TT’s Olympic debutant cyclists, Nicholas Paul and Kwesi Browne, are scheduled to return to the World Cycling Centre (WCC) in Switzerland on March 23 to climax preparations ahead of their first Summer Games in Tokyo, Japan.
At the just concluded World Track Cycling Championships in Germany, both athletes affirmed Olympic spots in the Men’s Sprint and Keirin events. They join the nation’s first-ever female Olympic road racing representative and fellow tourney debutant, Teniel Campbell, to spearhead TT’s largest Olympic cycling contingent in over five decades.
After Paul’s tenth place finish at ‘Worlds’ – the final Olympic qualifier – he was still ranked among the top 12 nations and earned automatic qualification for the Men’s Sprint event. Browne however, did not participate at the Championships but still solidified his spot due to favorable Keirin results churned out from trailing Olympic-ranked nations such as Spain, Venezuela, South Africa and Kazakhstan.
His performances at the recently concluded International Cycling Union (UCI) World Cup Series (China, New Zealand, Australia and Canada) partnered with the results from other contesting nations at ‘Worlds’, Browne’s Olympic debut is now set in stone.
Paul recently returned from national duty in Germany and plans to use the coming weeks to wind down from his hectic pre-Olympic qualification campaign. Prior to his most recent performance, the Flying 200m (9.1s) world-record holder underwent three weeks of intense training alongside Olympic silver-medallist and coach, Craig Maclean, at the WCC before heading off to the Berlin Velodrome.
“Firstly, I thank God because this journey was a long one. Without God, all this would not have been possible. I’m just elated right now because this was one of my goals, to actually qualify for the Olympic Games. I’m really happy about my performances over the past two years and I made it,” said Paul on Wednesday.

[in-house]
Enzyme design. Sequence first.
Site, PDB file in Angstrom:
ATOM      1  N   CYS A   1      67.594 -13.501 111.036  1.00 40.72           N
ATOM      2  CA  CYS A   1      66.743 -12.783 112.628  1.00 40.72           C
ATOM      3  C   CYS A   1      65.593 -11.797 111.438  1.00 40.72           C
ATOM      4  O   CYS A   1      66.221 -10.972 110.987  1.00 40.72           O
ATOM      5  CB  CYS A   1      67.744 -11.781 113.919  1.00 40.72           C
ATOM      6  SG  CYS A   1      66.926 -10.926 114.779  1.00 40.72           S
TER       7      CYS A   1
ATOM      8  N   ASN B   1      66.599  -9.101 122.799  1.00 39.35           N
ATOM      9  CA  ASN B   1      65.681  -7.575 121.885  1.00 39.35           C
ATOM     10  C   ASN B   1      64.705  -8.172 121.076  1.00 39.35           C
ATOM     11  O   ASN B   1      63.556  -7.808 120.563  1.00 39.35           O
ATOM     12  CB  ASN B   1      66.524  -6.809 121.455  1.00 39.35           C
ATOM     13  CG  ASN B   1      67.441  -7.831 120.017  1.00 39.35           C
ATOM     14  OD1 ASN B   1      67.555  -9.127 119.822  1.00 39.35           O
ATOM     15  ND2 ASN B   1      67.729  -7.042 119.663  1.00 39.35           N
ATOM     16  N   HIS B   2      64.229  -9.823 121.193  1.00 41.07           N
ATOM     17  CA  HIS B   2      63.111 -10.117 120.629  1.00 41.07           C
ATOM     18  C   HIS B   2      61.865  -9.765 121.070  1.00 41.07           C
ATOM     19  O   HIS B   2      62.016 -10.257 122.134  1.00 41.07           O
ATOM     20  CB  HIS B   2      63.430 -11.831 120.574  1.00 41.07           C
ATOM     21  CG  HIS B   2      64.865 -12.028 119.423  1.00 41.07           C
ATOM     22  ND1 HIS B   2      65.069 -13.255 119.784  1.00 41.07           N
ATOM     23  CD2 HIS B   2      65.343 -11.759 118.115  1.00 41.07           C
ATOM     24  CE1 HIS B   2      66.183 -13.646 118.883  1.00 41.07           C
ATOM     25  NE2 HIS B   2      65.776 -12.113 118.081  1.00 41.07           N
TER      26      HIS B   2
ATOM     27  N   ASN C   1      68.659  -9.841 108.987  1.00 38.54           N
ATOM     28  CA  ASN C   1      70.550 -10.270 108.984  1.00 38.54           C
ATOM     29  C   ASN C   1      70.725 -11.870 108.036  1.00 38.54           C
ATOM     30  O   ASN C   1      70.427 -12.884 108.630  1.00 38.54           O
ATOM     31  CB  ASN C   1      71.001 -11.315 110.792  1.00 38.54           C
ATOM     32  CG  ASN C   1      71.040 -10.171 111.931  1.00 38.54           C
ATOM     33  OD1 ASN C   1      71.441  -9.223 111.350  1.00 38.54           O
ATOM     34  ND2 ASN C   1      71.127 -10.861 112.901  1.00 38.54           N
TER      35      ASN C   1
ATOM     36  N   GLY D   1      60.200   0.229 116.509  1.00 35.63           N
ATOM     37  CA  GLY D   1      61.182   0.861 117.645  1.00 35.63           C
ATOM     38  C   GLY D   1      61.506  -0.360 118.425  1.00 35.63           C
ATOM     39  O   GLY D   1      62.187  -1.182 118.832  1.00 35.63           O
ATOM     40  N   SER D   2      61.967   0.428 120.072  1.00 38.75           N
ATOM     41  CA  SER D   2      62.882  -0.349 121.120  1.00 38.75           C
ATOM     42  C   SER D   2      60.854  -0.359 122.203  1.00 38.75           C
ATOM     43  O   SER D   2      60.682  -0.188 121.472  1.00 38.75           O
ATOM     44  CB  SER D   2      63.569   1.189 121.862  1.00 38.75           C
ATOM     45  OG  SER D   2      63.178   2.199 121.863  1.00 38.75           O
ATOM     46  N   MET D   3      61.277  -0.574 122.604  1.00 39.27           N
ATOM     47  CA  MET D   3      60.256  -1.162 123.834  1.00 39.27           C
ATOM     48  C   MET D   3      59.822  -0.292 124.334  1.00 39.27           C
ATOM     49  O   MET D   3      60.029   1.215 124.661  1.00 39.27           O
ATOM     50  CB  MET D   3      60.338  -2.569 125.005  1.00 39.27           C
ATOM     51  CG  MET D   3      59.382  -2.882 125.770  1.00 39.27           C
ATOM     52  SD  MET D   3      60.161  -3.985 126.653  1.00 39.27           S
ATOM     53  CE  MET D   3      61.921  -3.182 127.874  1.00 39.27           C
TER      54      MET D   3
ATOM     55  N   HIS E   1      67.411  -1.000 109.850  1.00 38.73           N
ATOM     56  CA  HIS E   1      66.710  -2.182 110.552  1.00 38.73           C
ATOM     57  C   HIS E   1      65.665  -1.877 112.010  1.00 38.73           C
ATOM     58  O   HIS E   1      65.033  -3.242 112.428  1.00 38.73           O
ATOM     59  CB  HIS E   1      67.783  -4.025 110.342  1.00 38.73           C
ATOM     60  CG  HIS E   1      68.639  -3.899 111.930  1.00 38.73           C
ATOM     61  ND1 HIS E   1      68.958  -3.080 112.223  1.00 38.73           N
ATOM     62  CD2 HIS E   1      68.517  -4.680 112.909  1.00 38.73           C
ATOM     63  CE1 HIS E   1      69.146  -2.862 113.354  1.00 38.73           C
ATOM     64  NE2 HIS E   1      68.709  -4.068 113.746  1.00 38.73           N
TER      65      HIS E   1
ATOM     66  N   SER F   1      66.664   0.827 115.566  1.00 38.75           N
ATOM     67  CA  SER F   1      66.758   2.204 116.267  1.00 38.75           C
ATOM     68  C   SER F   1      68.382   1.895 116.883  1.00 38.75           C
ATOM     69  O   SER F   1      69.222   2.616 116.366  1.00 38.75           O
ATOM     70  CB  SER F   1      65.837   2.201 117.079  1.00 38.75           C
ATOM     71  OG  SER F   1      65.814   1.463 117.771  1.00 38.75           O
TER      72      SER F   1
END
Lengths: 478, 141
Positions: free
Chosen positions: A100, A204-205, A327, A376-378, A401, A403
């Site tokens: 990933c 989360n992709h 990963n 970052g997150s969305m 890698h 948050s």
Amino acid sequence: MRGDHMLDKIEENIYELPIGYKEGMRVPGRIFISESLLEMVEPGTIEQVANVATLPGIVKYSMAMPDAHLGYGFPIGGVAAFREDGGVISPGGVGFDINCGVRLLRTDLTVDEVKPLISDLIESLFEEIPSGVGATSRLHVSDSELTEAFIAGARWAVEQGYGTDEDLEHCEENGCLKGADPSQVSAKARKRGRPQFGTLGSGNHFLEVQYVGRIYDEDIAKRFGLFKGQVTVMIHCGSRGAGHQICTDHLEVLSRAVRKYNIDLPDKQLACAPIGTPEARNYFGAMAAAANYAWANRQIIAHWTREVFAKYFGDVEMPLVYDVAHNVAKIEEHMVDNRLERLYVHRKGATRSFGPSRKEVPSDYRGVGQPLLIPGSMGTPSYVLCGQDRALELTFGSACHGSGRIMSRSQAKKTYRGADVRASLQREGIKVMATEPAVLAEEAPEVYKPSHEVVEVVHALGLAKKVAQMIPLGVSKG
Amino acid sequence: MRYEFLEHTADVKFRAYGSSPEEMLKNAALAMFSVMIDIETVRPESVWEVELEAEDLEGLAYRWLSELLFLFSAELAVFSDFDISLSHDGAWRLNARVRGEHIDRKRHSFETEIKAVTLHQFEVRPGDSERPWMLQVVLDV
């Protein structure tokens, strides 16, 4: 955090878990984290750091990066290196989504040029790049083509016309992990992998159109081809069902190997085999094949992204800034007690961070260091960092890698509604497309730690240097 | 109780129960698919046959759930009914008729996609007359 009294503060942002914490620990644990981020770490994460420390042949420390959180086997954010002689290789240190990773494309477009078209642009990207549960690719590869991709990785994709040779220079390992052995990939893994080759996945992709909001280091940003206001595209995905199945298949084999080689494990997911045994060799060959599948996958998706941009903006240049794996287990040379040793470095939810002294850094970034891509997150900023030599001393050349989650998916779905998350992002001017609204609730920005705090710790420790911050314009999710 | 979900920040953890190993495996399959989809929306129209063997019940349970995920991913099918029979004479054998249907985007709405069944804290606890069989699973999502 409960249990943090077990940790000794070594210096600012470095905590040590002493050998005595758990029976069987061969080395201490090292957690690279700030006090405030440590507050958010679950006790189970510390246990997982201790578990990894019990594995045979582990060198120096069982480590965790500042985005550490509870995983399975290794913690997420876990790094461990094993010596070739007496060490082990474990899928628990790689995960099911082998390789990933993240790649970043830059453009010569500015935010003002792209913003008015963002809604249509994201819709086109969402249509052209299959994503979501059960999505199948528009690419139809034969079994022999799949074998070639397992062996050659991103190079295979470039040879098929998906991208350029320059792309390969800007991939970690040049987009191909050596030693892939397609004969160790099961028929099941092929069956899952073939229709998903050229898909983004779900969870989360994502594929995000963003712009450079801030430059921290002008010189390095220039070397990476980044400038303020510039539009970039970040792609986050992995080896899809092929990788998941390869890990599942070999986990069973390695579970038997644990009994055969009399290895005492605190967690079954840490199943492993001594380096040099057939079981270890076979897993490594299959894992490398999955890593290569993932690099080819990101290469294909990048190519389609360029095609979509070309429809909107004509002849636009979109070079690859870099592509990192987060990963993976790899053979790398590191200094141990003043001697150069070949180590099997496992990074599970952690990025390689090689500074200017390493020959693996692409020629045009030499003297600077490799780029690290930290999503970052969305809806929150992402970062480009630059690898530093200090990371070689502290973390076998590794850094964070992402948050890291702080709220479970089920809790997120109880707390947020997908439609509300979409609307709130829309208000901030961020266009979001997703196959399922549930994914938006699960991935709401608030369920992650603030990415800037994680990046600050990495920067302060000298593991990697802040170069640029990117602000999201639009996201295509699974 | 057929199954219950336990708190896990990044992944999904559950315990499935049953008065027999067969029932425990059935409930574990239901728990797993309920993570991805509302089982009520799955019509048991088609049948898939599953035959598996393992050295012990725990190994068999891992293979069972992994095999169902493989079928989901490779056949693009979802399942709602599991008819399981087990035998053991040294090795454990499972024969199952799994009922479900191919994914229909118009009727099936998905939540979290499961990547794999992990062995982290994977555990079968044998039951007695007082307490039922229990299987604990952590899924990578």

According to the track speedster, he eagerly anticipates returning to Switzerland to fine tune his skill ahead of the world’s biggest sporting stage. Maclean is an accomplished track coach at the UCI WCC and his achievements include 15 World Championships (including 1 BMX), two Olympics, two Paralympics and four Commonwealth Games.
Paul was forced to head to Switzerland some weeks before the World Championships after former national coach, Erin Hartwell, was granted leave ‘to pursue other opportunities’ by his employers, Sport Company of TT.
Strangely enough, Hartwell was then seen coaching the Chinese cycling team at the World Championships although his contract with SporTT is scheduled to be complete in September 2020.
The national team was also dealt another devastating blow when two-time Olympian Njisane Phillip and countryman Keron Bramble pulled out of the Team Sprint squad citing qualification impossible.
Paul added, “There were a lot of challenges along the way. But I chose to keep myself focused on what I wanted to achieve as an athlete. No matter what comes my way I always keep my mind on the main goal and keep pushing through. I’m going back out to give 150 percent. Olympics is the biggest stage so I need to make sure I’m always at the top of my game at this point.”
The Gasparillo-bred rider also credited Maclean and the WCC for a job well done and looked forward to returning to the UCI training camp as he gears up to face the best track cyclists in the world.
“My training programmed towards the World Championships was great. I was still able to record a personal best time at sea level and was happy with the three weeks spent there. It’s going to be a stiff competition because it’s everyone’s plan to peak at the Olympics. I just have to keep working harder, getting stronger, faster and improving my technical approach during races. That’s the main focus, Olympics, it’s even better to get the medal,” he concluded.